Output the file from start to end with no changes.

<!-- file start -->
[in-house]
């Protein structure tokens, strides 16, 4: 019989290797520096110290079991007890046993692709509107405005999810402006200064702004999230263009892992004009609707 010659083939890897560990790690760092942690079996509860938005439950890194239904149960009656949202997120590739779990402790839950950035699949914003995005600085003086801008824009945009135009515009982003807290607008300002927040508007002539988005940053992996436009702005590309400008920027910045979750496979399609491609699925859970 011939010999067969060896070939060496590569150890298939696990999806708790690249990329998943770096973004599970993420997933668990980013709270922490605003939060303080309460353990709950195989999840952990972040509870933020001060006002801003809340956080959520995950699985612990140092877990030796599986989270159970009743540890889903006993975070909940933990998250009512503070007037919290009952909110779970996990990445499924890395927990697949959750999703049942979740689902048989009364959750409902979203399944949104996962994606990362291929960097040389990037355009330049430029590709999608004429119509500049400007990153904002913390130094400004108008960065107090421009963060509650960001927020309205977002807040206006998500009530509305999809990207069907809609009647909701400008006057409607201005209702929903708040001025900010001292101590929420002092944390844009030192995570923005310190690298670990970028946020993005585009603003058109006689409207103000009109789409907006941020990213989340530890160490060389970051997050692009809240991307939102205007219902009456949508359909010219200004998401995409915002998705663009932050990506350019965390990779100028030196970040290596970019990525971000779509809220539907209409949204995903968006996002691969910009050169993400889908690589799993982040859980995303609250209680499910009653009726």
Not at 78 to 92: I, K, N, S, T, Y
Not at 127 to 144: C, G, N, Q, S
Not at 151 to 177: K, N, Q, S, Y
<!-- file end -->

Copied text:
[in-house]
């Protein structure tokens, strides 16, 4: 019989290797520096110290079991007890046993692709509107405005999810402006200064702004999230263009892992004009609707 010659083939890897560990790690760092942690079996509860938005439950890194239904149960009656949202997120590739779990402790839950950035699949914003995005600085003086801008824009945009135009515009982003807290607008300002927040508007002539988005940053992996436009702005590309400008920027910045979750496979399609491609699925859970 011939010999067969060896070939060496590569150890298939696990999806708790690249990329998943770096973004599970993420997933668990980013709270922490605003939060303080309460353990709950195989999840952990972040509870933020001060006002801003809340956080959520995950699985612990140092877990030796599986989270159970009743540890889903006993975070909940933990998250009512503070007037919290009952909110779970996990990445499924890395927990697949959750999703049942979740689902048989009364959750409902979203399944949104996962994606990362291929960097040389990037355009330049430029590709999608004429119509500049400007990153904002913390130094400004108008960065107090421009963060509650960001927020309205977002807040206006998500009530509305999809990207069907809609009647909701400008006057409607201005209702929903708040001025900010001292101590929420002092944390844009030192995570923005310190690298670990970028946020993005585009603003058109006689409207103000009109789409907006941020990213989340530890160490060389970051997050692009809240991307939102205007219902009456949508359909010219200004998401995409915002998705663009932050990506350019965390990779100028030196970040290596970019990525971000779509809220539907209409949204995903968006996002691969910009050169993400889908690589799993982040859980995303609250209680499910009653009726």
Not at 78 to 92: I, K, N, S, T, Y
Not at 127 to 144: C, G, N, Q, S
Not at 151 to 177: K, N, Q, S, Y